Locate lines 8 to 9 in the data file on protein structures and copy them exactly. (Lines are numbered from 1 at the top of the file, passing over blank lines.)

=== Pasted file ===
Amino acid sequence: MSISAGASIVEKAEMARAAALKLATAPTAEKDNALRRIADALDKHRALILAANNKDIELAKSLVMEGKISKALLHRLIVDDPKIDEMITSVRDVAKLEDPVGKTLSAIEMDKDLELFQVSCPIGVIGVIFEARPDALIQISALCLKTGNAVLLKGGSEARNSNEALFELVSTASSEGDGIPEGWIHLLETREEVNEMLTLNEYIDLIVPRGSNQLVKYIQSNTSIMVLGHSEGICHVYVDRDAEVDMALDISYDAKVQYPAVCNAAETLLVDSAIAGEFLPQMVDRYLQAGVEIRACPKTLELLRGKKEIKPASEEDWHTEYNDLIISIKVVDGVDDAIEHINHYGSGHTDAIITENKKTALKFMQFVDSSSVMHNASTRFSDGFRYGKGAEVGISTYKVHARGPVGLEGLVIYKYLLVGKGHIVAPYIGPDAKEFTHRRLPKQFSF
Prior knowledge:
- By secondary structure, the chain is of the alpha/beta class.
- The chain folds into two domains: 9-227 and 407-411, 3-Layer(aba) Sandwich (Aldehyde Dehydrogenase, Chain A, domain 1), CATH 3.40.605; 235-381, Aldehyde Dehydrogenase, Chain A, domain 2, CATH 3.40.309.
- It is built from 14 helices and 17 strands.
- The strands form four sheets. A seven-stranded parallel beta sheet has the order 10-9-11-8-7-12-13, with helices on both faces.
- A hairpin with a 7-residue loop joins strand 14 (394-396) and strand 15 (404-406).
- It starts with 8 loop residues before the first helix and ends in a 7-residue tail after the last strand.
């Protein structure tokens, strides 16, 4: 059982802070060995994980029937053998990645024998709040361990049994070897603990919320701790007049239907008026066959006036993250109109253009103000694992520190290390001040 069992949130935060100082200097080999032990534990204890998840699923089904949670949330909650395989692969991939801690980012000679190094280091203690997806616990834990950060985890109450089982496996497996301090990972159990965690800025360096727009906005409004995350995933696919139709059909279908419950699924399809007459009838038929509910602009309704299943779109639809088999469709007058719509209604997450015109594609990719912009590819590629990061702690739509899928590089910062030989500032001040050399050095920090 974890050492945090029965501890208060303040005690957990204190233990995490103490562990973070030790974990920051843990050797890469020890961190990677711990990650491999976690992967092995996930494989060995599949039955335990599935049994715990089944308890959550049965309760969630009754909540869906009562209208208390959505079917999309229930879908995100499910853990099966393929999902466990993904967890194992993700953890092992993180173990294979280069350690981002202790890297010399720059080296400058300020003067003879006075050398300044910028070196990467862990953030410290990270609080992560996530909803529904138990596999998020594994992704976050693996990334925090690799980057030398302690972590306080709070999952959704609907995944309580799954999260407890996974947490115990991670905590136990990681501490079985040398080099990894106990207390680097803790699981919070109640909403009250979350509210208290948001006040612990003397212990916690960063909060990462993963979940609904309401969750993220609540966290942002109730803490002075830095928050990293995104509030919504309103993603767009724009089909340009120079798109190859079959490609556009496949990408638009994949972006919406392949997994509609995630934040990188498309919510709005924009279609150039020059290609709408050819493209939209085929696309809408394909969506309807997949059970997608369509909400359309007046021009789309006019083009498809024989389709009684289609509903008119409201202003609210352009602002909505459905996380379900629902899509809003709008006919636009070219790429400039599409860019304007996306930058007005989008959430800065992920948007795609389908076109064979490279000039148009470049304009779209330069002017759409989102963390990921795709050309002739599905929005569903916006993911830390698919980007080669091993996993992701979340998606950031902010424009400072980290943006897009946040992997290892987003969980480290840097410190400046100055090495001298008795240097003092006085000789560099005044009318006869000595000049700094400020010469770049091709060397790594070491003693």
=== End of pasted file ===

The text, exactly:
- It starts with 8 loop residues before the first helix and ends in a 7-residue tail after the last strand.
């Protein structure tokens, strides 16, 4: 059982802070060995994980029937053998990645024998709040361990049994070897603990919320701790007049239907008026066959006036993250109109253009103000694992520190290390001040 069992949130935060100082200097080999032990534990204890998840699923089904949670949330909650395989692969991939801690980012000679190094280091203690997806616990834990950060985890109450089982496996497996301090990972159990965690800025360096727009906005409004995350995933696919139709059909279908419950699924399809007459009838038929509910602009309704299943779109639809088999469709007058719509209604997450015109594609990719912009590819590629990061702690739509899928590089910062030989500032001040050399050095920090 974890050492945090029965501890208060303040005690957990204190233990995490103490562990973070030790974990920051843990050797890469020890961190990677711990990650491999976690992967092995996930494989060995599949039955335990599935049994715990089944308890959550049965309760969630009754909540869906009562209208208390959505079917999309229930879908995100499910853990099966393929999902466990993904967890194992993700953890092992993180173990294979280069350690981002202790890297010399720059080296400058300020003067003879006075050398300044910028070196990467862990953030410290990270609080992560996530909803529904138990596999998020594994992704976050693996990334925090690799980057030398302690972590306080709070999952959704609907995944309580799954999260407890996974947490115990991670905590136990990681501490079985040398080099990894106990207390680097803790699981919070109640909403009250979350509210208290948001006040612990003397212990916690960063909060990462993963979940609904309401969750993220609540966290942002109730803490002075830095928050990293995104509030919504309103993603767009724009089909340009120079798109190859079959490609556009496949990408638009994949972006919406392949997994509609995630934040990188498309919510709005924009279609150039020059290609709408050819493209939209085929696309809408394909969506309807997949059970997608369509909400359309007046021009789309006019083009498809024989389709009684289609509903008119409201202003609210352009602002909505459905996380379900629902899509809003709008006919636009070219790429400039599409860019304007996306930058007005989008959430800065992920948007795609389908076109064979490279000039148009470049304009779209330069002017759409989102963390990921795709050309002739599905929005569903916006993911830390698919980007080669091993996993992701979340998606950031902010424009400072980290943006897009946040992997290892987003969980480290840097410190400046100055090495001298008795240097003092006085000789560099005044009318006869000595000049700094400020010469770049091709060397790594070491003693």